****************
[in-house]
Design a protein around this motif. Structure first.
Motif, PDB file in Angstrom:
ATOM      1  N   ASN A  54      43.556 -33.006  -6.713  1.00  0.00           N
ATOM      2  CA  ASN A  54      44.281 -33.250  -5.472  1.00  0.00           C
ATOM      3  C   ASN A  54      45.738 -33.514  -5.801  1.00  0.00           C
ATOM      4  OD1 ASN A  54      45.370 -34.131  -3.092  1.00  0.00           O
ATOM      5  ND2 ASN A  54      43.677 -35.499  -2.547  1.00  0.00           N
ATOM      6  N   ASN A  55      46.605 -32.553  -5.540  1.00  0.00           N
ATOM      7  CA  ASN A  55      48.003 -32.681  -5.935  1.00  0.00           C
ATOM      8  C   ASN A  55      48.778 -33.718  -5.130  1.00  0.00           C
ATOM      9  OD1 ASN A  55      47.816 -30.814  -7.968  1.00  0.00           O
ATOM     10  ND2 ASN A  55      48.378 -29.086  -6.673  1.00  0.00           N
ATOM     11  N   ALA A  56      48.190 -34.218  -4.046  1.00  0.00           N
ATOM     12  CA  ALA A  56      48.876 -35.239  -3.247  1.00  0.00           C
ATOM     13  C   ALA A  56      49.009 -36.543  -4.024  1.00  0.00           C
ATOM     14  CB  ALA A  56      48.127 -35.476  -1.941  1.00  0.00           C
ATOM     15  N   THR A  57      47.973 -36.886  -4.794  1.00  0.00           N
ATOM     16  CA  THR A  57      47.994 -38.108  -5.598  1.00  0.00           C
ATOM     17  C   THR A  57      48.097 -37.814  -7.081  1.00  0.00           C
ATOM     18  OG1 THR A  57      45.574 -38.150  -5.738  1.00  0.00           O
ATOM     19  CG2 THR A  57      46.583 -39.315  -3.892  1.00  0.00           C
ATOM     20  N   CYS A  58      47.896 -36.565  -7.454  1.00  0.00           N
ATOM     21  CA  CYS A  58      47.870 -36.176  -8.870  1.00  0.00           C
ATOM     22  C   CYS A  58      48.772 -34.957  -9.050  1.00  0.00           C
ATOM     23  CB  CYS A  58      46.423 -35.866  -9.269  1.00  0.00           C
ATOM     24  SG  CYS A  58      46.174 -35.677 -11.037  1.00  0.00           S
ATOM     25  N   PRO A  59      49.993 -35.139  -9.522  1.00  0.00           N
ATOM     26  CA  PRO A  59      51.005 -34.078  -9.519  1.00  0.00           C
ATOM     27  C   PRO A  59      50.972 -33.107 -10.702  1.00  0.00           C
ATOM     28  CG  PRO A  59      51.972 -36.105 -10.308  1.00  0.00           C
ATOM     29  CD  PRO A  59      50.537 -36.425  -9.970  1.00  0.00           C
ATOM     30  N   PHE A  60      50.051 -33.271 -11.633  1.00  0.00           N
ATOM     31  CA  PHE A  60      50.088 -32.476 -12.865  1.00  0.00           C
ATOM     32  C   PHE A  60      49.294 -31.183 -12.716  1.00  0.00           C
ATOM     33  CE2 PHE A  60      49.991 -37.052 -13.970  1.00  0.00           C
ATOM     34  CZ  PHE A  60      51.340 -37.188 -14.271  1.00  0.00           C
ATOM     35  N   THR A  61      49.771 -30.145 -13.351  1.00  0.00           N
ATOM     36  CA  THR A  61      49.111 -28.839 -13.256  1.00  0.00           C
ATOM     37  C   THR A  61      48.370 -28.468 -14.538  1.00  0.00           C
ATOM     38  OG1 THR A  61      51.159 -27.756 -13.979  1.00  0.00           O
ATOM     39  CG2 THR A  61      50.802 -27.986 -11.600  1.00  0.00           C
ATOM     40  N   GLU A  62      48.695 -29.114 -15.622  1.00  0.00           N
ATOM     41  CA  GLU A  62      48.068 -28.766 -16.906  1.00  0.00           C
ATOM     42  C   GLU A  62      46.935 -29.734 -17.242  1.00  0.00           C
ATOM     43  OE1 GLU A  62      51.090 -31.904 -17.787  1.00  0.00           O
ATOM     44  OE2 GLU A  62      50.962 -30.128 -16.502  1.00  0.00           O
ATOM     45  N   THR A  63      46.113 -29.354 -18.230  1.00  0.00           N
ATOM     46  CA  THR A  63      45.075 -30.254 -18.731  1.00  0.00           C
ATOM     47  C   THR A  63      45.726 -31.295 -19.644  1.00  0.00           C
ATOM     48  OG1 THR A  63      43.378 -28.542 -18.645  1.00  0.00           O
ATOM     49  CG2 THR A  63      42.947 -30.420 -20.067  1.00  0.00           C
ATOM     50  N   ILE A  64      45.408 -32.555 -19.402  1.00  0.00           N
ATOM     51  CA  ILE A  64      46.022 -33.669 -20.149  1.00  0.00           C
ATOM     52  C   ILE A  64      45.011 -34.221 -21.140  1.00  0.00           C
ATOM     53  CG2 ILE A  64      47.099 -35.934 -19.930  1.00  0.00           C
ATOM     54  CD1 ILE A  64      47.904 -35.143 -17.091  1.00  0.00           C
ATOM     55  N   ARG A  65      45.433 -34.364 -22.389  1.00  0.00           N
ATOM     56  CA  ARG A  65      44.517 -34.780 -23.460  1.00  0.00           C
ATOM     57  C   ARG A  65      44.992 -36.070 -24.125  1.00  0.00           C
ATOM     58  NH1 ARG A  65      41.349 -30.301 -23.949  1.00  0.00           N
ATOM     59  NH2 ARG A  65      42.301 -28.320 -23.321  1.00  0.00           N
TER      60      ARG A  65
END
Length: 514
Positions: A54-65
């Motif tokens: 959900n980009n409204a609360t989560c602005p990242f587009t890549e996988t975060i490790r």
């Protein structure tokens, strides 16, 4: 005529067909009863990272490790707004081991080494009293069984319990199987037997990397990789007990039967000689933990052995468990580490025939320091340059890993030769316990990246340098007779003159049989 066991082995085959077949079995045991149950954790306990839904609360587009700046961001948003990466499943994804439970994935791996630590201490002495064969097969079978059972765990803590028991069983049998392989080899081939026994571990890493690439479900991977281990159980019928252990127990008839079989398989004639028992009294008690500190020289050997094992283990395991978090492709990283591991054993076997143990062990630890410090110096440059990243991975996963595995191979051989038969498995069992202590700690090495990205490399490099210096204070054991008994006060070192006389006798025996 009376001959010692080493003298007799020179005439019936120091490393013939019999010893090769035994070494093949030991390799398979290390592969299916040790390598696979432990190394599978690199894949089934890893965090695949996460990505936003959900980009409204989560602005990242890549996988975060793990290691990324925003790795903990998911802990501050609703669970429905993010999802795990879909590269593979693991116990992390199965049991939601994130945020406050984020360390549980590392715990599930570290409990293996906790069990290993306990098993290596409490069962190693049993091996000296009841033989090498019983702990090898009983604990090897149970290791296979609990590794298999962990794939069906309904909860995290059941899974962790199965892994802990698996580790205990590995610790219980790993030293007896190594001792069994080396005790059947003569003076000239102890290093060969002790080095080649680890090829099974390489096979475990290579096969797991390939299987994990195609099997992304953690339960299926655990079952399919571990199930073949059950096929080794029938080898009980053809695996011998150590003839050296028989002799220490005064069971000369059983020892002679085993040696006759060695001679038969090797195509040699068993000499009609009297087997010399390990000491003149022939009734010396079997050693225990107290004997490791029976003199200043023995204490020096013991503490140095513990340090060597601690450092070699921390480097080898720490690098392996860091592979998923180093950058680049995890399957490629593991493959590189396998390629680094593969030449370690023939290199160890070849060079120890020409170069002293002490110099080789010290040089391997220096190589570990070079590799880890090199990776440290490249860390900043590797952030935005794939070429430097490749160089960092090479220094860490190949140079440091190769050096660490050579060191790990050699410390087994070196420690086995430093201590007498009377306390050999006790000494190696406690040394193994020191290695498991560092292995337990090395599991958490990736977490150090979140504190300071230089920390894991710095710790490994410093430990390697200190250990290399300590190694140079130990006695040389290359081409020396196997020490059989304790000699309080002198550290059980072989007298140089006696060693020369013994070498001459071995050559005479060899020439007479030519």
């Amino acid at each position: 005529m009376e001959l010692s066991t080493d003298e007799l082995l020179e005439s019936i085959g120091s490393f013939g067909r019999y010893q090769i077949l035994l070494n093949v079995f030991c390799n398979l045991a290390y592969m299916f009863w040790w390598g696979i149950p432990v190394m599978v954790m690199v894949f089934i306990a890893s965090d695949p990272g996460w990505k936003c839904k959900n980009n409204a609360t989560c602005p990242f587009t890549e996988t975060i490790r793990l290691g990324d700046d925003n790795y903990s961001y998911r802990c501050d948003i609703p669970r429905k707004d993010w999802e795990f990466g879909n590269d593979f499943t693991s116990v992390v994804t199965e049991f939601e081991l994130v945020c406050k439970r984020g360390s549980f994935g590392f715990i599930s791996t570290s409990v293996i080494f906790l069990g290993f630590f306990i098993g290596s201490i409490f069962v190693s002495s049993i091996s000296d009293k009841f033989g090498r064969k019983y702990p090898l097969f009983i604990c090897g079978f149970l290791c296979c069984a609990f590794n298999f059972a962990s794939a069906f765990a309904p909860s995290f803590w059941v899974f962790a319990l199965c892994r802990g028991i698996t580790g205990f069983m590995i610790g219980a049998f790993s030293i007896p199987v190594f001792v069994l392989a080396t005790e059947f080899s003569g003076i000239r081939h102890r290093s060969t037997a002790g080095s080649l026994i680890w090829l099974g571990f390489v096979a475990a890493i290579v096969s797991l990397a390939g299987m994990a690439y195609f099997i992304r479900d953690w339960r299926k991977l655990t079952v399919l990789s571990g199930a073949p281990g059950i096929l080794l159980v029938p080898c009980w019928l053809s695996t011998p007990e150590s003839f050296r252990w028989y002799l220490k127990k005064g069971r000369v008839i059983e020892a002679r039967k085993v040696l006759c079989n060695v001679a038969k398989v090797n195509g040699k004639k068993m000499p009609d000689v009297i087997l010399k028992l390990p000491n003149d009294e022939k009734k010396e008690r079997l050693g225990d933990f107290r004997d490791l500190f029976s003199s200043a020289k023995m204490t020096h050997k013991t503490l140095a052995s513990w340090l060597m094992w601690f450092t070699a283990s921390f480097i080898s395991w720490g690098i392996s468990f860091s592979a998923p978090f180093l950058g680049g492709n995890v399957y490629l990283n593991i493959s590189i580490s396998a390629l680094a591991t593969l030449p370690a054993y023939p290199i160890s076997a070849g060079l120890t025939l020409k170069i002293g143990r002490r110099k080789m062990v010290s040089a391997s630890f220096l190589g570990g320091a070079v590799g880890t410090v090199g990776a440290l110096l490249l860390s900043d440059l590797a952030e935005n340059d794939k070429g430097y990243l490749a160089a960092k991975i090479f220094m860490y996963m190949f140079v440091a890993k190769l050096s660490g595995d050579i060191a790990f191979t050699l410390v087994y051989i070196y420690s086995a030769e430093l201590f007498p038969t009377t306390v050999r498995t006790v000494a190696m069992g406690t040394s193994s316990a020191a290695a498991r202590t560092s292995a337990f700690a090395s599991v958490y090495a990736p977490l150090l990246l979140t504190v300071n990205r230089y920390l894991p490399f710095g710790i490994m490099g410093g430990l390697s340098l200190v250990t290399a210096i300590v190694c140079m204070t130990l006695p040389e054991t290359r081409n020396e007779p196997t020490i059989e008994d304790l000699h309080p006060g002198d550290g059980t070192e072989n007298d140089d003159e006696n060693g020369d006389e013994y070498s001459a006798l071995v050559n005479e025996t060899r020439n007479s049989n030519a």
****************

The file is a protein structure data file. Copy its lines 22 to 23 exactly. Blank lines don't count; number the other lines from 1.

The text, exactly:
ATOM     19  CG2 THR A  57      46.583 -39.315  -3.892  1.00  0.00           C
ATOM     20  N   CYS A  58      47.896 -36.565  -7.454  1.00  0.00           N